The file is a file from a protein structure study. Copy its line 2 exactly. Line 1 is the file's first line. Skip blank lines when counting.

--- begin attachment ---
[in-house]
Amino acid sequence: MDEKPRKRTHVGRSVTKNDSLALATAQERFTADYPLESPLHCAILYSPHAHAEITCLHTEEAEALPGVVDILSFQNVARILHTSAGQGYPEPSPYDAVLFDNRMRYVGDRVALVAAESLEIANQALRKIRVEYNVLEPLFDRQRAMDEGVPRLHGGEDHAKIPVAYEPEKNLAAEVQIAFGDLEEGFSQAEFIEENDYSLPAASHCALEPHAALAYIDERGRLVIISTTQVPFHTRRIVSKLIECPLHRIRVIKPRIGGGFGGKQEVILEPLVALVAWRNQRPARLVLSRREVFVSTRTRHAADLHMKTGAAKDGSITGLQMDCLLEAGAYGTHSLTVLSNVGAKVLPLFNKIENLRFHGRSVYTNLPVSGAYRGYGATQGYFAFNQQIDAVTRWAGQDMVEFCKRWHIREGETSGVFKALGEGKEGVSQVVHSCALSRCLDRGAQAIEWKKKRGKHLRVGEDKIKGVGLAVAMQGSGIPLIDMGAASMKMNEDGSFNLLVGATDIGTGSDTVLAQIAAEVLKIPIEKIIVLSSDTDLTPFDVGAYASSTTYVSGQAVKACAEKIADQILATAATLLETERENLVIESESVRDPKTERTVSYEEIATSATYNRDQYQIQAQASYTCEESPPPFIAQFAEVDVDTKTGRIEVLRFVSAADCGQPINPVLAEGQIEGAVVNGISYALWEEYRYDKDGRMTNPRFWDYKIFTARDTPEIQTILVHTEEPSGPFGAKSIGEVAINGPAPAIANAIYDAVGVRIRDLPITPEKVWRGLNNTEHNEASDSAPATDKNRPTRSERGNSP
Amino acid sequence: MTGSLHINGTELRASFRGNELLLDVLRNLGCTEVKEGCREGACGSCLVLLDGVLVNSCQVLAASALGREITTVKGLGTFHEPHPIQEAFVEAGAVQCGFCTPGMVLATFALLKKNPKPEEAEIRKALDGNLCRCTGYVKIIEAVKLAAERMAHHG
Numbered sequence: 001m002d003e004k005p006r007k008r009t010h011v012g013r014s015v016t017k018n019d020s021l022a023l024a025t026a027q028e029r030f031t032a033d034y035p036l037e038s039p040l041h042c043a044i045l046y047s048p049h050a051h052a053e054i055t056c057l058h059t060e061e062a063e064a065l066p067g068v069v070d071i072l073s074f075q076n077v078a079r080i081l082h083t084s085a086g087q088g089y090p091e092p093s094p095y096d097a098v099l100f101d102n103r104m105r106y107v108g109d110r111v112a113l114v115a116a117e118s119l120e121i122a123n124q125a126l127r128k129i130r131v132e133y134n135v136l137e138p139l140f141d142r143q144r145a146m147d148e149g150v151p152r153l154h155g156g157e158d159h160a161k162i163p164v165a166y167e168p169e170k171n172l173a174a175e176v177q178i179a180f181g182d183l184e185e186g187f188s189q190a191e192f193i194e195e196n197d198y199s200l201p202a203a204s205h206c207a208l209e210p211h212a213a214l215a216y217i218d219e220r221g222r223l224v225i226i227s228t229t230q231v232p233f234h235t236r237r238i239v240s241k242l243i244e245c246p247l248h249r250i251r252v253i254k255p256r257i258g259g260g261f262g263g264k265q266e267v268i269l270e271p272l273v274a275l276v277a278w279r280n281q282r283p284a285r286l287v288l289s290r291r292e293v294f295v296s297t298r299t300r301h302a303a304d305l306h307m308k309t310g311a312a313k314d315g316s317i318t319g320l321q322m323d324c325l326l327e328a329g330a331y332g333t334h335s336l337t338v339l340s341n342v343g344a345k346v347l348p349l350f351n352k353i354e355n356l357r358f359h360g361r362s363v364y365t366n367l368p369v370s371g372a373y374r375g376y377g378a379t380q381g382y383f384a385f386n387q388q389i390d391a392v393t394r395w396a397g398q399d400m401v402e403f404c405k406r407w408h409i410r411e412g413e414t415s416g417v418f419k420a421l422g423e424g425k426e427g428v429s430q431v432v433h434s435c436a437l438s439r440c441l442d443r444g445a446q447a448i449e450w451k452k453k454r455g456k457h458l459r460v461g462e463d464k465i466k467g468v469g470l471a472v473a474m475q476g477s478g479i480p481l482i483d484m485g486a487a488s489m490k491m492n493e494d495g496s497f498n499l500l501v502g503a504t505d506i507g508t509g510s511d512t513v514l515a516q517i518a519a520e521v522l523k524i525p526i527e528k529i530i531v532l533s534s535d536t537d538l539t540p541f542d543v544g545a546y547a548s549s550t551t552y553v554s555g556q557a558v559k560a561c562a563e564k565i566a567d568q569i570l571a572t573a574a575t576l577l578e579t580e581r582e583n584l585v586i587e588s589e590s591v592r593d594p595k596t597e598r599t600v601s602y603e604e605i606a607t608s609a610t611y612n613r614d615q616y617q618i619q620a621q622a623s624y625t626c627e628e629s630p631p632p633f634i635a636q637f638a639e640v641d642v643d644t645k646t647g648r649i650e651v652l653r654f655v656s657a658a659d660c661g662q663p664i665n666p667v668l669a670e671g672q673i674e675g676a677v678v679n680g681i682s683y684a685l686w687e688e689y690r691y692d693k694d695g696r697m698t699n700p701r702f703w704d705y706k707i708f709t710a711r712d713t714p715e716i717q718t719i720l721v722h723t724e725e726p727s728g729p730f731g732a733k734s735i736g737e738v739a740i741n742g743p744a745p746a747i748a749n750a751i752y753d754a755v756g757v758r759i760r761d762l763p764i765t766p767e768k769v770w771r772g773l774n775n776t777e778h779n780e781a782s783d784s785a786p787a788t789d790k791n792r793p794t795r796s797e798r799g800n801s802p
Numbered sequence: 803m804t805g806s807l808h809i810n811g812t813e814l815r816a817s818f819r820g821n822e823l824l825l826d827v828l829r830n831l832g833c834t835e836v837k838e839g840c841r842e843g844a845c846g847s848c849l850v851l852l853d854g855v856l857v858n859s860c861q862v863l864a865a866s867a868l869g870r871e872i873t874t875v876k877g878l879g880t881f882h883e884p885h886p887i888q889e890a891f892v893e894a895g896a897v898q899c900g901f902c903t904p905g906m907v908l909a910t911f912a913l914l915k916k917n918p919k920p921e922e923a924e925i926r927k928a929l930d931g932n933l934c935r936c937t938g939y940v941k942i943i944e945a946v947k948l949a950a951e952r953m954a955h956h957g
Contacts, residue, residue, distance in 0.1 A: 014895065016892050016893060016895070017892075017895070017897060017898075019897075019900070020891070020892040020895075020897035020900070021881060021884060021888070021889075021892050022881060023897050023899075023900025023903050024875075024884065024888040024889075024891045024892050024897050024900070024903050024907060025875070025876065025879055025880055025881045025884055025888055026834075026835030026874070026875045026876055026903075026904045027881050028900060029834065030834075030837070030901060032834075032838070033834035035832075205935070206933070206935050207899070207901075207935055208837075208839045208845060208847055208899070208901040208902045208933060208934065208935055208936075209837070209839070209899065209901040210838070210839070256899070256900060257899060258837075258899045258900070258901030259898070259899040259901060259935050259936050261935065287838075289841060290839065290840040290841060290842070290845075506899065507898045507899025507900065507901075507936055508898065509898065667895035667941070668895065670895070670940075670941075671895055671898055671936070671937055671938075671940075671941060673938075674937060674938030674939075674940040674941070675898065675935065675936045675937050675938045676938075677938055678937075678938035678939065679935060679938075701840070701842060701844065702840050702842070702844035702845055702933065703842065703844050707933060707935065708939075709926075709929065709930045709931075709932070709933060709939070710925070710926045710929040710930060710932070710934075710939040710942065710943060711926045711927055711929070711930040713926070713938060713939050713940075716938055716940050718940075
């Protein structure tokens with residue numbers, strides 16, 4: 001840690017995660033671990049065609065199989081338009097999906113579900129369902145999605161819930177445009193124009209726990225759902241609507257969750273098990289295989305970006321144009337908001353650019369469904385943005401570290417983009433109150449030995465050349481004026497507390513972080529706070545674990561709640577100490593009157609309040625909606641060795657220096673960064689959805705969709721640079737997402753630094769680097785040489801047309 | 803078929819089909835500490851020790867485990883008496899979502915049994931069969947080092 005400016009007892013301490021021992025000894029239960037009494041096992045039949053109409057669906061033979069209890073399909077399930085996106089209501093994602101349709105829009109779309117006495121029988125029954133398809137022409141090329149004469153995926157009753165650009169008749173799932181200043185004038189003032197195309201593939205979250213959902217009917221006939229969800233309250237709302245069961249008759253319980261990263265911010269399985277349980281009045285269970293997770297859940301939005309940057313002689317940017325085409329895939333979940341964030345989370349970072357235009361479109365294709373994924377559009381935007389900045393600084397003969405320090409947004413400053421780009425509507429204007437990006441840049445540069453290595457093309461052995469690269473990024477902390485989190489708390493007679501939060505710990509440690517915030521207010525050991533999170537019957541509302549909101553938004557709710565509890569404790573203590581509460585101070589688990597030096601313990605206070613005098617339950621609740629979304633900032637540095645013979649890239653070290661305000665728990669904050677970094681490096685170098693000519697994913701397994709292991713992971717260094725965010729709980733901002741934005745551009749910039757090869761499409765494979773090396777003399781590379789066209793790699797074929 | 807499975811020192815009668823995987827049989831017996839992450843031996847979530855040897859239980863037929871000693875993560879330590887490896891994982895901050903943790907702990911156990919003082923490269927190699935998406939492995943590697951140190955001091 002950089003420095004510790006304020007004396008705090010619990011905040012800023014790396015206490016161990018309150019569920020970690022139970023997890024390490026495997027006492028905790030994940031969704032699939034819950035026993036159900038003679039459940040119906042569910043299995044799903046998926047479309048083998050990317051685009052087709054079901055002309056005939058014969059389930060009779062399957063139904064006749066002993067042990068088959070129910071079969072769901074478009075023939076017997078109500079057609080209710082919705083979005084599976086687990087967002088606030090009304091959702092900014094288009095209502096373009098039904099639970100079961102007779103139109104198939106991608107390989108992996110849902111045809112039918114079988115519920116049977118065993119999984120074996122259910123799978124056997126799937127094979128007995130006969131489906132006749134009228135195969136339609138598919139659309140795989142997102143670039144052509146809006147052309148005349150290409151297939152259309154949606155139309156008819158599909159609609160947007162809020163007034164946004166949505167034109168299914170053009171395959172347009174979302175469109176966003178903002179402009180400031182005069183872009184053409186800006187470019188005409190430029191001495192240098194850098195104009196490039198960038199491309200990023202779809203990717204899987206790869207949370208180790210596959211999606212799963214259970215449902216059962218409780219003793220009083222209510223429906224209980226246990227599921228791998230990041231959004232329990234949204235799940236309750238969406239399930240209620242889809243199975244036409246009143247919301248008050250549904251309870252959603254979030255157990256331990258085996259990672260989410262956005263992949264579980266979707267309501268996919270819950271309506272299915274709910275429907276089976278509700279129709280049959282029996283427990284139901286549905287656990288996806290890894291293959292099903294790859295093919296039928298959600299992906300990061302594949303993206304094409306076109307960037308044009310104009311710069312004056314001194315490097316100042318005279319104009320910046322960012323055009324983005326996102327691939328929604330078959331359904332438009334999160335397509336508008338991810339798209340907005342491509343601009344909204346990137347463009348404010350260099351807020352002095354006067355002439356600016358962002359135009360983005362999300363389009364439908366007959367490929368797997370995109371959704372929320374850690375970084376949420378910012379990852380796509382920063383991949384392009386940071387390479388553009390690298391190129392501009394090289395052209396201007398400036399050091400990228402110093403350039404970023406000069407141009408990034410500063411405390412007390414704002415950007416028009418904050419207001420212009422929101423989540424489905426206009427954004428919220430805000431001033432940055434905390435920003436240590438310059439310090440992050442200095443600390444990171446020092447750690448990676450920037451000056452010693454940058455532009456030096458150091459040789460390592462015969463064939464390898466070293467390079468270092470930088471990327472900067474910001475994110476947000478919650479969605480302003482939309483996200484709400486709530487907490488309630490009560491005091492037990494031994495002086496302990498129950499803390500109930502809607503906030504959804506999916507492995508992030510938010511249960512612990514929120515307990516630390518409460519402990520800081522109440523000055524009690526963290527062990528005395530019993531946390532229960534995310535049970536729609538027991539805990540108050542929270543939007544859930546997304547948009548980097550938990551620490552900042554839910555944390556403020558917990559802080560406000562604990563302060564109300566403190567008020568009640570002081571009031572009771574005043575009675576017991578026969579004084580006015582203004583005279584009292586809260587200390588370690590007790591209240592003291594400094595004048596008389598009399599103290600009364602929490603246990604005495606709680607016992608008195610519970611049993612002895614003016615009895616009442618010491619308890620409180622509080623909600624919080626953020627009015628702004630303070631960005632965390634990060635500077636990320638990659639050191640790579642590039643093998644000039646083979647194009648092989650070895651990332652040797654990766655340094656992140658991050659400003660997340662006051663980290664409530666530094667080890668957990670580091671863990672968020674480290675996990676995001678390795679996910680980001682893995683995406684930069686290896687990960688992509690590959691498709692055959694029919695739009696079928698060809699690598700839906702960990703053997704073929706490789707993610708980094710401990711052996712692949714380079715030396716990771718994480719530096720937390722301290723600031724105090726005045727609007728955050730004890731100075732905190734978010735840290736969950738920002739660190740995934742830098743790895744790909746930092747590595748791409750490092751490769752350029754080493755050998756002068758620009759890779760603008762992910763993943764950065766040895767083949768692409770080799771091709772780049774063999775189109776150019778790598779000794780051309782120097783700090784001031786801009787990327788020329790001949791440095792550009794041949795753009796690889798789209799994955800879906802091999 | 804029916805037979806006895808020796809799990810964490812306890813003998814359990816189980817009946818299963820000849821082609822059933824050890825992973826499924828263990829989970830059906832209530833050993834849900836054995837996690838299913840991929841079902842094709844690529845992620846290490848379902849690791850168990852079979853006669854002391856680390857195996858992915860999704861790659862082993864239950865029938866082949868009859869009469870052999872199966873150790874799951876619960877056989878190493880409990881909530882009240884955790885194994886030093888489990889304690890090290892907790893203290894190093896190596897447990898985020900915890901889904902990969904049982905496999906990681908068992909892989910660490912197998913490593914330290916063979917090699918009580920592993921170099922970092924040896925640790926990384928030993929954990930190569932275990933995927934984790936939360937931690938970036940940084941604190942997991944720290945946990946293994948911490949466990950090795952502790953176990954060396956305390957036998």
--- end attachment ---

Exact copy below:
Amino acid sequence: MDEKPRKRTHVGRSVTKNDSLALATAQERFTADYPLESPLHCAILYSPHAHAEITCLHTEEAEALPGVVDILSFQNVARILHTSAGQGYPEPSPYDAVLFDNRMRYVGDRVALVAAESLEIANQALRKIRVEYNVLEPLFDRQRAMDEGVPRLHGGEDHAKIPVAYEPEKNLAAEVQIAFGDLEEGFSQAEFIEENDYSLPAASHCALEPHAALAYIDERGRLVIISTTQVPFHTRRIVSKLIECPLHRIRVIKPRIGGGFGGKQEVILEPLVALVAWRNQRPARLVLSRREVFVSTRTRHAADLHMKTGAAKDGSITGLQMDCLLEAGAYGTHSLTVLSNVGAKVLPLFNKIENLRFHGRSVYTNLPVSGAYRGYGATQGYFAFNQQIDAVTRWAGQDMVEFCKRWHIREGETSGVFKALGEGKEGVSQVVHSCALSRCLDRGAQAIEWKKKRGKHLRVGEDKIKGVGLAVAMQGSGIPLIDMGAASMKMNEDGSFNLLVGATDIGTGSDTVLAQIAAEVLKIPIEKIIVLSSDTDLTPFDVGAYASSTTYVSGQAVKACAEKIADQILATAATLLETERENLVIESESVRDPKTERTVSYEEIATSATYNRDQYQIQAQASYTCEESPPPFIAQFAEVDVDTKTGRIEVLRFVSAADCGQPINPVLAEGQIEGAVVNGISYALWEEYRYDKDGRMTNPRFWDYKIFTARDTPEIQTILVHTEEPSGPFGAKSIGEVAINGPAPAIANAIYDAVGVRIRDLPITPEKVWRGLNNTEHNEASDSAPATDKNRPTRSERGNSP